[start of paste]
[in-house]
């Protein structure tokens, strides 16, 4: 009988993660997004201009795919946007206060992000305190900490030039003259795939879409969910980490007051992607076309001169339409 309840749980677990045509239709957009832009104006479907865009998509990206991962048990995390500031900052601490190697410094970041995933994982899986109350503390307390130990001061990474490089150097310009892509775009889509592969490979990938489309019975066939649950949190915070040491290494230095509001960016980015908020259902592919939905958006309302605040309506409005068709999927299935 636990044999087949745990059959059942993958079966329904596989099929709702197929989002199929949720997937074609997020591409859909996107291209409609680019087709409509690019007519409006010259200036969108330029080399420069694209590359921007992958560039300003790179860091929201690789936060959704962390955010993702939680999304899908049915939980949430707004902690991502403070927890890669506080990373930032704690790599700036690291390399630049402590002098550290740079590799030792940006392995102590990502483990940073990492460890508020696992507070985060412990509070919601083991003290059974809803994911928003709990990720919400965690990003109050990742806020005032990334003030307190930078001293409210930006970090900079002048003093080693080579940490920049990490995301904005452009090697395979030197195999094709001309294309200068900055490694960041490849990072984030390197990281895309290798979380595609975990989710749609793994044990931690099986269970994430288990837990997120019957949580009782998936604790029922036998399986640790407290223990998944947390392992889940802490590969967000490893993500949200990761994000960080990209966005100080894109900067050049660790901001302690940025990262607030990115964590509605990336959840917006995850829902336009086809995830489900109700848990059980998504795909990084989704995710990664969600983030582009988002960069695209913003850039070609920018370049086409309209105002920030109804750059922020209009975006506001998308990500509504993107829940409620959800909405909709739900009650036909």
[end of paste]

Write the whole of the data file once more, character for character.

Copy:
[in-house]
């Protein structure tokens, strides 16, 4: 009988993660997004201009795919946007206060992000305190900490030039003259795939879409969910980490007051992607076309001169339409 309840749980677990045509239709957009832009104006479907865009998509990206991962048990995390500031900052601490190697410094970041995933994982899986109350503390307390130990001061990474490089150097310009892509775009889509592969490979990938489309019975066939649950949190915070040491290494230095509001960016980015908020259902592919939905958006309302605040309506409005068709999927299935 636990044999087949745990059959059942993958079966329904596989099929709702197929989002199929949720997937074609997020591409859909996107291209409609680019087709409509690019007519409006010259200036969108330029080399420069694209590359921007992958560039300003790179860091929201690789936060959704962390955010993702939680999304899908049915939980949430707004902690991502403070927890890669506080990373930032704690790599700036690291390399630049402590002098550290740079590799030792940006392995102590990502483990940073990492460890508020696992507070985060412990509070919601083991003290059974809803994911928003709990990720919400965690990003109050990742806020005032990334003030307190930078001293409210930006970090900079002048003093080693080579940490920049990490995301904005452009090697395979030197195999094709001309294309200068900055490694960041490849990072984030390197990281895309290798979380595609975990989710749609793994044990931690099986269970994430288990837990997120019957949580009782998936604790029922036998399986640790407290223990998944947390392992889940802490590969967000490893993500949200990761994000960080990209966005100080894109900067050049660790901001302690940025990262607030990115964590509605990336959840917006995850829902336009086809995830489900109700848990059980998504795909990084989704995710990664969600983030582009988002960069695209913003850039070609920018370049086409309209105002920030109804750059922020209009975006506001998308990500509504993107829940409620959800909405909709739900009650036909």